Do the U.S. media suffer from what the former President Jimmy Carter rather tactlessly once labeled a "malaise," when he was assessing the collective nation's mood?
The media's malaise this time isn't being caused by the usual professional problems that go with the craft — feeling overworked, underpaid, under-loved by superiors, and a general feeling that technology is making suckers of us all.
No, the root of this malady is the journalists' feelings toward President Barack Obama. Maybe the collective media are just tired of him and feel burnt out by his proclamations.
The same argument, of course, could be made for the president's supporters and the nation as a whole.
Whether or not you like or approve of Israeli leader Benjamin Netanyahu's recent performance, as he confronts a daily war-torn region, Netanyahu has made an impression on the watching world. He is a man of action. He is driven by a need to serve his people, at any cost to his image. Say this for the man: He is anything but dull or predictable.
Which leads us to President Obama. He is uber-predictable, though maybe that's automatically a bad trait. He is always going to be analytical. He could spent the length of a State of the Union address arguing both sides of whether to get a cat out of a tree or to let it stay there.
Now, the president, nearing the midterm elections, is facing the problem of familiarity breeding contempt. Again, it's not all his doing. What U.S. president has sailed through his second term unscathed in modern times? That's right — nobody has. You can tick off the embarrassments and legacy-busting events for Nixon, Reagan, Clinton, and Dubya. Now it is Obama's turn.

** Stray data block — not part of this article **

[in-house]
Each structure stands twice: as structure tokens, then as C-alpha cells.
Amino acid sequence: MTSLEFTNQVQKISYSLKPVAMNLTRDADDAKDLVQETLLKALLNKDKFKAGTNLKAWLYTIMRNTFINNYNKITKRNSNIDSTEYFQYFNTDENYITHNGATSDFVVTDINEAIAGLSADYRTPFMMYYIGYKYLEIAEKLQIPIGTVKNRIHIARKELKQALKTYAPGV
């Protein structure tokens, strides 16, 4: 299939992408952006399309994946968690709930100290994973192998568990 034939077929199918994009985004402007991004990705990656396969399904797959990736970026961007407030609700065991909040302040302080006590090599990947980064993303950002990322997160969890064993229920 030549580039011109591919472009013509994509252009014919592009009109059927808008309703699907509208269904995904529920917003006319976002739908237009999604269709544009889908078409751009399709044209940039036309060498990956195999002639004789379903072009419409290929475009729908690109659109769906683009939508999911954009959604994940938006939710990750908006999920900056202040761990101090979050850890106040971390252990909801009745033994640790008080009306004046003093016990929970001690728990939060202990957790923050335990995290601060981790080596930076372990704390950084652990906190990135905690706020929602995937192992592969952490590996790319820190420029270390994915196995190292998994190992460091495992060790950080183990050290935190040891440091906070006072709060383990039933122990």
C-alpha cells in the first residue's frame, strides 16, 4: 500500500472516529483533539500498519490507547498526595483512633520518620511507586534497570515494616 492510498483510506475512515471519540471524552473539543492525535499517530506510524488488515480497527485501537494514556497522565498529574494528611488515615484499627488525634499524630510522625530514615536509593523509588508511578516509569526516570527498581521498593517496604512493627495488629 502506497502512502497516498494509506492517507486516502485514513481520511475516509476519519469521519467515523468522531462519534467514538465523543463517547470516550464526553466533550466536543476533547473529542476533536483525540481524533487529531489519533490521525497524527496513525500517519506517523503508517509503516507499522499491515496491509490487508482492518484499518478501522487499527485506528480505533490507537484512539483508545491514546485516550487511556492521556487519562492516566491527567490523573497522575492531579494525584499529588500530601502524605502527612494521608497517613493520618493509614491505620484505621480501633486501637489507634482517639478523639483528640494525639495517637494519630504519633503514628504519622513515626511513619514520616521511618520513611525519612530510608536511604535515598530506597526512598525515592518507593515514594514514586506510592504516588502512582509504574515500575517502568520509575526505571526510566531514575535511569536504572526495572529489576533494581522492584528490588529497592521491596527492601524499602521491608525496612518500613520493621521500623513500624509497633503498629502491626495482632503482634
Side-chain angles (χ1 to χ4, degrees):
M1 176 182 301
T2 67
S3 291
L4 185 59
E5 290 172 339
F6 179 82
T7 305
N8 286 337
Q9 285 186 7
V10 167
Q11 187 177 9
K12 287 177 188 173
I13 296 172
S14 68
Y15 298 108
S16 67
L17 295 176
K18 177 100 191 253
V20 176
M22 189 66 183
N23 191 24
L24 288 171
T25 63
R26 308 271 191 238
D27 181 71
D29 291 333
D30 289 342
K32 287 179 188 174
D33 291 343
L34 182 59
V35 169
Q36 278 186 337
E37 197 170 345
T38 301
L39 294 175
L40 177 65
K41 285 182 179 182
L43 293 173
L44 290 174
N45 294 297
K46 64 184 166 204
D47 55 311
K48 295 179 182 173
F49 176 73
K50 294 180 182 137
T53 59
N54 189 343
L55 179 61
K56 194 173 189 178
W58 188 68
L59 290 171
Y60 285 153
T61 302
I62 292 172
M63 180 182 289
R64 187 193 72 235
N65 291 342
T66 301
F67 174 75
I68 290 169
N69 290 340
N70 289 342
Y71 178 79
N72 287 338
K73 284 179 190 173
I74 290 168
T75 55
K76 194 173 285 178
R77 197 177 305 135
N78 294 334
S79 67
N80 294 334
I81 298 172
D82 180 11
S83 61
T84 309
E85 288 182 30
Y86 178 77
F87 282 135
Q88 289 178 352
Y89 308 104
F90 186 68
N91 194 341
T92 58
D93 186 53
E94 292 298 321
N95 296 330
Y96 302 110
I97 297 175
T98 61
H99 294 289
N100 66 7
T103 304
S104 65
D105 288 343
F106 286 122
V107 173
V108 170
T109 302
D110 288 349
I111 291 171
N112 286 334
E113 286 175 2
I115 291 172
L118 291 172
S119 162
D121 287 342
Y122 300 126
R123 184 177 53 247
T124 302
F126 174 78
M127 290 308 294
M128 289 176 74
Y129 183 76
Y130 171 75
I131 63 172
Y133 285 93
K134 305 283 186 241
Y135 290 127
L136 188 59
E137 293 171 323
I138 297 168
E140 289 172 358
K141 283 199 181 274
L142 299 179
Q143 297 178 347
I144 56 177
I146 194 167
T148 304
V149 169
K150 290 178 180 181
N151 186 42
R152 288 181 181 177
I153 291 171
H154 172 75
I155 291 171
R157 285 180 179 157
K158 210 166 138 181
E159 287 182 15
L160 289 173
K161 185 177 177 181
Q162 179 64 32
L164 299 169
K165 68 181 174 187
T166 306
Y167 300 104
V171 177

Obama could have looked dynamic if he had ventured forth to riot-torn Ferguson, Mo. Yes, he has a point when he suggests that it is a state, not a federal, matter. But gee whiz. The entire nation is riveted to the tiny town and "Ferguson" will now take its place alongside the other civil rights signposts in U.S. history.
President Obama could have done well to shake off the Obama burnout in the media by leaving his golf clubs in Air Force One and jumping off the plane long enough to stir the nation with one of his patented rising speeches. But he didn't.
Now we're all eft with a lingering feeling of been-there-done-that in his presidency. Of course, he still has two-plus years to go — a lifetime, really, in U.S. politics — to turn the tide and get our nation excited again about him.
I want to see him try to pull it off.
Jon Friedman writes the Media Matrix blog for Indiewire.com. He is also the author of "Forget About Today: Bob Dylan's Genius for (Re)Invention, Shunning the Naysayers, and Creating a Personal Revolution." Read more reports from Jon Friedman — Click Here Now.
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